From City Hall, the protesters marched to the Texas legislature, waving American and Mexican flags and chanting, “USA, No Trump, No KKK, No racists!”

Cliff Wilson, 57, only heard of the restaurant closings and protests when he saw the marchers walk down Congress Ave. He walked up to La Peña, an art gallery, and saw a sign saying it would shut down for the day to support immigrants.

“God bless ‘em,” Wilson said, referring to immigrants. “You know what you’re doing when you make someone a meal? You’re making people happy.”

One Austin teacher in a heavily Hispanic school said only four out of her 26 students came to class Thursday because of the strike. At times during the day, she taught only one student.

“We really didn’t expect all these absences,” the teacher said. “We were prepared for some, but we never imagined that it would be this big.”

Courtesy Of Austin Teacher
At one point, one Austin teacher had only one student in her class. 

A McDonald’s in the southern side of Austin was also closed, according to Spectrum News Austin reporter Stef Manisero. McDonald’s corporate office did not immediately respond to a request for comment.

Similar scenes played out in other cities across the country.

High-profile chefs and family-owned restaurants proved powerful allies, with many closing their doors in support of the millions of immigrant employees who are an essential part of the food industry.

Spanish-born chef José Andrés, who was embroiled in a legal battle with Trump after pulling out of plans to open a restaurant in a Trump hotel, closed all five of his Washington D.C.-area restaurants on Thursday in solidarity. The Sweetgreen restaurant chain closed 18 of its D.C. locations, too, in support of its team members. Some eateries near the Pentagon, including a Dunkin’ Donuts and Starbucks, were also reportedly closed, according to Defense One reporter Marcus Weisgerber on Twitter.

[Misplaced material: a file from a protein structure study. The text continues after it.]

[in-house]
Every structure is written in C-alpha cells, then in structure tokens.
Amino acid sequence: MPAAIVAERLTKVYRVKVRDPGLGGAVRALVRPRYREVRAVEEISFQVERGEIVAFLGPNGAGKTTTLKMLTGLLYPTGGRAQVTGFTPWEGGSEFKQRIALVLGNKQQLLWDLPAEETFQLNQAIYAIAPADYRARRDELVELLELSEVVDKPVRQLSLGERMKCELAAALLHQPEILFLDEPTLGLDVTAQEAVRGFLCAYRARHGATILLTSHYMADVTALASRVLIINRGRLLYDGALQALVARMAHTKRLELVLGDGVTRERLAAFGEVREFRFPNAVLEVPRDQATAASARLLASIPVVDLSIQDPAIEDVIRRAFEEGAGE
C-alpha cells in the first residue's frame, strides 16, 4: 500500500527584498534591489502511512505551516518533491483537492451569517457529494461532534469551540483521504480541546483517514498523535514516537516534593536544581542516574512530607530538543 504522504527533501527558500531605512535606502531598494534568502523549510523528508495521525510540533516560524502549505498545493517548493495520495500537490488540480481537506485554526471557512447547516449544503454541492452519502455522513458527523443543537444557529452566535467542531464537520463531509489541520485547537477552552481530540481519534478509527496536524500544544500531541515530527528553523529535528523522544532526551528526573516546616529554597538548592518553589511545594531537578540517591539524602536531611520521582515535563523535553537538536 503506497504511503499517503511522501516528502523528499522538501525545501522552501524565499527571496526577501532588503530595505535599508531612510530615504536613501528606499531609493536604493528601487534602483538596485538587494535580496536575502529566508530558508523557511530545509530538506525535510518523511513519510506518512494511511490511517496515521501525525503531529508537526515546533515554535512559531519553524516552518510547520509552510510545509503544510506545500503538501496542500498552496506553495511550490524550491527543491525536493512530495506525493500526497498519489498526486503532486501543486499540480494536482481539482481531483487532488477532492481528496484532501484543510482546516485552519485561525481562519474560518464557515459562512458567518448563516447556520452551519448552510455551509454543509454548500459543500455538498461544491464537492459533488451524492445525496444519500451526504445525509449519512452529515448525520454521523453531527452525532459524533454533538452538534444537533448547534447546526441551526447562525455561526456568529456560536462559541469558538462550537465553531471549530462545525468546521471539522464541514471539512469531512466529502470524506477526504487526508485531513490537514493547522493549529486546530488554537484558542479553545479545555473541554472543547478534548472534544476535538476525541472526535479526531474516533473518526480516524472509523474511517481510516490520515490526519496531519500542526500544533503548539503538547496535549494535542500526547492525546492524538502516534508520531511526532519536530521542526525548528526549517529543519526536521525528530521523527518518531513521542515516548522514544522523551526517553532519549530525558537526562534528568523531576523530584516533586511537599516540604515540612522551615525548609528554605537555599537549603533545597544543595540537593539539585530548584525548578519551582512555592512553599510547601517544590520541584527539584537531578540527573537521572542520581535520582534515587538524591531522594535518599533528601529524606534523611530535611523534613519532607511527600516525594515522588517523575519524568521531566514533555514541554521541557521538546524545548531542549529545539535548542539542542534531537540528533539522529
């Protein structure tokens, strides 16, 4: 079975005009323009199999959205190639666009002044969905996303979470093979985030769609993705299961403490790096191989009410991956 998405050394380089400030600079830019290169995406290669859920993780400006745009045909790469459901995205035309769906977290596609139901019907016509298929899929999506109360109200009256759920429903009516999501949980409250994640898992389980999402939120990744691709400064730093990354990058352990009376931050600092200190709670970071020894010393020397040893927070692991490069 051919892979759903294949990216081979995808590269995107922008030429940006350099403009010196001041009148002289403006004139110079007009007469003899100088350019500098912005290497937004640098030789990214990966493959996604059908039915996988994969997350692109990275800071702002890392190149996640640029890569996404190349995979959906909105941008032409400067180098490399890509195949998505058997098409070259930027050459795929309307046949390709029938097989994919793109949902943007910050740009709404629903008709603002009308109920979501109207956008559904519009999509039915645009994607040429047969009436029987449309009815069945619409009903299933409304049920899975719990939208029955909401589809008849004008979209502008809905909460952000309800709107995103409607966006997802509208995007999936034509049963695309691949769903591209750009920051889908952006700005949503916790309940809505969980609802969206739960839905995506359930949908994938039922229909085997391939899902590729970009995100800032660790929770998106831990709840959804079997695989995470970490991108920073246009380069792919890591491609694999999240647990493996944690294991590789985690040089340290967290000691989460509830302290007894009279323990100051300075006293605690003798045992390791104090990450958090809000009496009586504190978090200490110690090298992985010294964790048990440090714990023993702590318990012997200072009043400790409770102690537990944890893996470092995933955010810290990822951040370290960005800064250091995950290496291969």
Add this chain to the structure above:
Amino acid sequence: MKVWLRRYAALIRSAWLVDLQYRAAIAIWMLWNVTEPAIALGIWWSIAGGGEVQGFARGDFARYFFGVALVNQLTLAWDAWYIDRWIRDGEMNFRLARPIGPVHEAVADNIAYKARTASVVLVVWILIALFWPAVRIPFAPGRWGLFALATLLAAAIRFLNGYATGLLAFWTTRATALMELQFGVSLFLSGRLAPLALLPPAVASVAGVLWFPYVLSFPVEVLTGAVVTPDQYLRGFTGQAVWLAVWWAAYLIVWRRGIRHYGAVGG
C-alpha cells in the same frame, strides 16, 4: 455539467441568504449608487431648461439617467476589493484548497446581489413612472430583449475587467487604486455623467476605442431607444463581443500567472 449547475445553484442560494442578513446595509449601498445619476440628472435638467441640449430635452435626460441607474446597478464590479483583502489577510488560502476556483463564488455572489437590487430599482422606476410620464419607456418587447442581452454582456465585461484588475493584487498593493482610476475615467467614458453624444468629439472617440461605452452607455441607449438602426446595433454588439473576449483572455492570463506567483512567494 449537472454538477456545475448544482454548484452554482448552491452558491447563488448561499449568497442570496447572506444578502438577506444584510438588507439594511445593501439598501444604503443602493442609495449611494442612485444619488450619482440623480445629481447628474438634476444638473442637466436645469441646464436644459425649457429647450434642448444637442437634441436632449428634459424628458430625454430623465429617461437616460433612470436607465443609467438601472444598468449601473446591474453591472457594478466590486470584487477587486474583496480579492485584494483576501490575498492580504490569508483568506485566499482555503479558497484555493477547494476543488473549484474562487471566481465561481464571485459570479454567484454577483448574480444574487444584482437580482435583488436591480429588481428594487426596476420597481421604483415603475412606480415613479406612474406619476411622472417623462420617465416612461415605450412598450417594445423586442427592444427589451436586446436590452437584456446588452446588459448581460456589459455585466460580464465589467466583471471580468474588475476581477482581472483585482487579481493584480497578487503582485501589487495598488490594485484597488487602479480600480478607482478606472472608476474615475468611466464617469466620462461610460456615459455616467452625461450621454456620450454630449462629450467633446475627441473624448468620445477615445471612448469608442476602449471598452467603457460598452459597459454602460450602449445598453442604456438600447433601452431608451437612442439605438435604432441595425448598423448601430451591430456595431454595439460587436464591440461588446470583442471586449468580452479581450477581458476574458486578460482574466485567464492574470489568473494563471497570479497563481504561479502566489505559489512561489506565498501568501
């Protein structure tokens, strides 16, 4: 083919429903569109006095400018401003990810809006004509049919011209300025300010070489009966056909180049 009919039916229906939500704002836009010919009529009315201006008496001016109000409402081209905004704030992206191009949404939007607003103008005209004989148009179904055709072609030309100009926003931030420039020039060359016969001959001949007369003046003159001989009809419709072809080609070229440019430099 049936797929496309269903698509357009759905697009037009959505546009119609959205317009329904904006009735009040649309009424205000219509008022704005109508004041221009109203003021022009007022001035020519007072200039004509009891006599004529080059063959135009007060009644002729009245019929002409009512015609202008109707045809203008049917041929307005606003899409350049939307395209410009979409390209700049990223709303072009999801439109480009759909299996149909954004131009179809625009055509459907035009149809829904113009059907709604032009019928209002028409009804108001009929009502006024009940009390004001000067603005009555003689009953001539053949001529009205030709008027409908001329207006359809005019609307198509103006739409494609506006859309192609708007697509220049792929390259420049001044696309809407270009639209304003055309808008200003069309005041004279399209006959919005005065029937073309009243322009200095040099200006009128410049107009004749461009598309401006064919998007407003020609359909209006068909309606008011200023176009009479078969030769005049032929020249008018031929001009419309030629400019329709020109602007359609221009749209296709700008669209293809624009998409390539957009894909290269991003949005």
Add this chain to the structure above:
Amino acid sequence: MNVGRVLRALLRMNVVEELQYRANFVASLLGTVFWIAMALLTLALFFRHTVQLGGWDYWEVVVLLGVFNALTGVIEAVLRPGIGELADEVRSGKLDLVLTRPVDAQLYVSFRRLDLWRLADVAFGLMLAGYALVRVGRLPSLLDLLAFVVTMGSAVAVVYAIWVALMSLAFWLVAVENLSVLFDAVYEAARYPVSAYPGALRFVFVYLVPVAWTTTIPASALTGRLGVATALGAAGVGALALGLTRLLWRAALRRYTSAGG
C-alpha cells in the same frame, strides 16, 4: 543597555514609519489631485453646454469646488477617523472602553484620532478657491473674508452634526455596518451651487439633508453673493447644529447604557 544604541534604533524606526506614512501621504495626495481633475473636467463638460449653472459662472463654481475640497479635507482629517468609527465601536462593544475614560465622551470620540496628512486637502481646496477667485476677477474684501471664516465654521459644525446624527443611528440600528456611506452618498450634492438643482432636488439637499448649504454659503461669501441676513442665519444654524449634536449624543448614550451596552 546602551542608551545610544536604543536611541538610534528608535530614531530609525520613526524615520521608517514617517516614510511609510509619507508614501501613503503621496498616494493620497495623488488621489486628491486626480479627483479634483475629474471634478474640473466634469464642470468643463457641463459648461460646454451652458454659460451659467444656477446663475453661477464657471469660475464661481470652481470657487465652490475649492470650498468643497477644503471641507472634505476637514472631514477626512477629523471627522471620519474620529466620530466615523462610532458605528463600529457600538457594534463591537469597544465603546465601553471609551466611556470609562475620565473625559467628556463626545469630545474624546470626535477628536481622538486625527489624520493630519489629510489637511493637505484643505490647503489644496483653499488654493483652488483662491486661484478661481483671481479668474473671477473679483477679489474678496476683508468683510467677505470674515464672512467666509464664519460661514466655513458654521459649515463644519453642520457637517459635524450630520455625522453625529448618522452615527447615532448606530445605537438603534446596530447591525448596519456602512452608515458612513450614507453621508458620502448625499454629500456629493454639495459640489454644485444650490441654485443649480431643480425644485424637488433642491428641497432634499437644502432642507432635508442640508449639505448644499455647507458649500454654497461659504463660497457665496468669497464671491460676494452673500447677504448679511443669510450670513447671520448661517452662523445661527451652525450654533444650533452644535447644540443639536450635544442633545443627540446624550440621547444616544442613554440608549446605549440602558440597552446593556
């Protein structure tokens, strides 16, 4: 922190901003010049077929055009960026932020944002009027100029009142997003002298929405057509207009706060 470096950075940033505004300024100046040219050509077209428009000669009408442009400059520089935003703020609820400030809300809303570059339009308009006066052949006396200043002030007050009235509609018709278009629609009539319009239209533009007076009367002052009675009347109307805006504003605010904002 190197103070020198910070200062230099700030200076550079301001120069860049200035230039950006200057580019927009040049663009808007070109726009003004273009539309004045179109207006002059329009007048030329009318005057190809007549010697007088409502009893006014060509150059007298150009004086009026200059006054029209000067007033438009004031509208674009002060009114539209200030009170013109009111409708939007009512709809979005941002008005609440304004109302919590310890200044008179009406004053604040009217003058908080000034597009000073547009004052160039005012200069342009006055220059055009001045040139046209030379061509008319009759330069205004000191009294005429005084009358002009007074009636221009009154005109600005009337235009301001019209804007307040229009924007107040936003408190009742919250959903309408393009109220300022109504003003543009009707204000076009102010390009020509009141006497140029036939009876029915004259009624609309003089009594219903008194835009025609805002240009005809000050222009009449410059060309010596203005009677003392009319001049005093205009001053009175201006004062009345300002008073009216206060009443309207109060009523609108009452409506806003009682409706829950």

Chef Rick Bayless closed four of his Chicago restaurants and promised to donate 10 percent of the revenues from two others to the Illinois Coalition for Immigrant and Refugee Rights. In New York City, the Blue Ribbon restaurant group closed a majority of its locations and released a statement of solidarity.

“We stand 100% behind our employees — whether they are immigrants or born in America, back of house or front of house,” reads the group’s statement. “When employees who haven’t missed a day of work in nearly 25 years come to you and ask for a day off to march against injustice, the answer is easy.”

The Trump administration has detained more than 680 people in a sweeping operation called Cross-Check, according to Department of Homeland Security Secretary John Kelly. The president’s new immigration directives, which view virtually all undocumented immigrants as priorities for deportation, has infuriated activists and immigrants.

Thursday’s rallies recalled the strikes and protests of May 1, 2006, a string of nationwide demonstrations that were similarly publicized as “A Day Without Immigrants,” or “The Great American Boycott.” At the time, more than 1 million protesters were responding to a congressional bill that would have increased border security and made it a felony to be an undocumented immigrant living in the United States.